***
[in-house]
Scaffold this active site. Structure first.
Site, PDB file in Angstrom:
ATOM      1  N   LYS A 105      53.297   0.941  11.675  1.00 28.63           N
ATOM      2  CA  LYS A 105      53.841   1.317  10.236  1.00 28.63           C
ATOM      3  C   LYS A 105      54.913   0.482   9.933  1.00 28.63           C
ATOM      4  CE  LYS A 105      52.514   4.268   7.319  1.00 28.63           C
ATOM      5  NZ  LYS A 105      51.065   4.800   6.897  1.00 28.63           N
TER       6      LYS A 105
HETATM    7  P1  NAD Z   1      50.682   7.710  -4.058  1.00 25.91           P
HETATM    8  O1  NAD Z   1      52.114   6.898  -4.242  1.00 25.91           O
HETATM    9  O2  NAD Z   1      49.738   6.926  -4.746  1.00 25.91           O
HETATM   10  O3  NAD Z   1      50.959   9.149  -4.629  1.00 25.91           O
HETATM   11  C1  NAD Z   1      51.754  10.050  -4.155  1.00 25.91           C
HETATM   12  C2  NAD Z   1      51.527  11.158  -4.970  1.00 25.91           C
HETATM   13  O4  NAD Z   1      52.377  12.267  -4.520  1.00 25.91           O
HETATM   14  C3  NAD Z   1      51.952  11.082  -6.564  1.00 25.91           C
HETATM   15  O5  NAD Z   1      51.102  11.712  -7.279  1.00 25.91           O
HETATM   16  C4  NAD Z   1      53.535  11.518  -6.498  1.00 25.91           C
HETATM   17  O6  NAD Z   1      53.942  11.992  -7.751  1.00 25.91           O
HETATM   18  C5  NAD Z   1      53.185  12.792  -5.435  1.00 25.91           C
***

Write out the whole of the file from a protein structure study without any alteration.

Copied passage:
[in-house]
Scaffold this active site. Structure first.
Site, PDB file in Angstrom:
ATOM      1  N   LYS A 105      53.297   0.941  11.675  1.00 28.63           N
ATOM      2  CA  LYS A 105      53.841   1.317  10.236  1.00 28.63           C
ATOM      3  C   LYS A 105      54.913   0.482   9.933  1.00 28.63           C
ATOM      4  CE  LYS A 105      52.514   4.268   7.319  1.00 28.63           C
ATOM      5  NZ  LYS A 105      51.065   4.800   6.897  1.00 28.63           N
TER       6      LYS A 105
HETATM    7  P1  NAD Z   1      50.682   7.710  -4.058  1.00 25.91           P
HETATM    8  O1  NAD Z   1      52.114   6.898  -4.242  1.00 25.91           O
HETATM    9  O2  NAD Z   1      49.738   6.926  -4.746  1.00 25.91           O
HETATM   10  O3  NAD Z   1      50.959   9.149  -4.629  1.00 25.91           O
HETATM   11  C1  NAD Z   1      51.754  10.050  -4.155  1.00 25.91           C
HETATM   12  C2  NAD Z   1      51.527  11.158  -4.970  1.00 25.91           C
HETATM   13  O4  NAD Z   1      52.377  12.267  -4.520  1.00 25.91           O
HETATM   14  C3  NAD Z   1      51.952  11.082  -6.564  1.00 25.91           C
HETATM   15  O5  NAD Z   1      51.102  11.712  -7.279  1.00 25.91           O
HETATM   16  C4  NAD Z   1      53.535  11.518  -6.498  1.00 25.91           C
HETATM   17  O6  NAD Z   1      53.942  11.992  -7.751  1.00 25.91           O
HETATM   18  C5  NAD Z   1      53.185  12.792  -5.435  1.00 25.91           C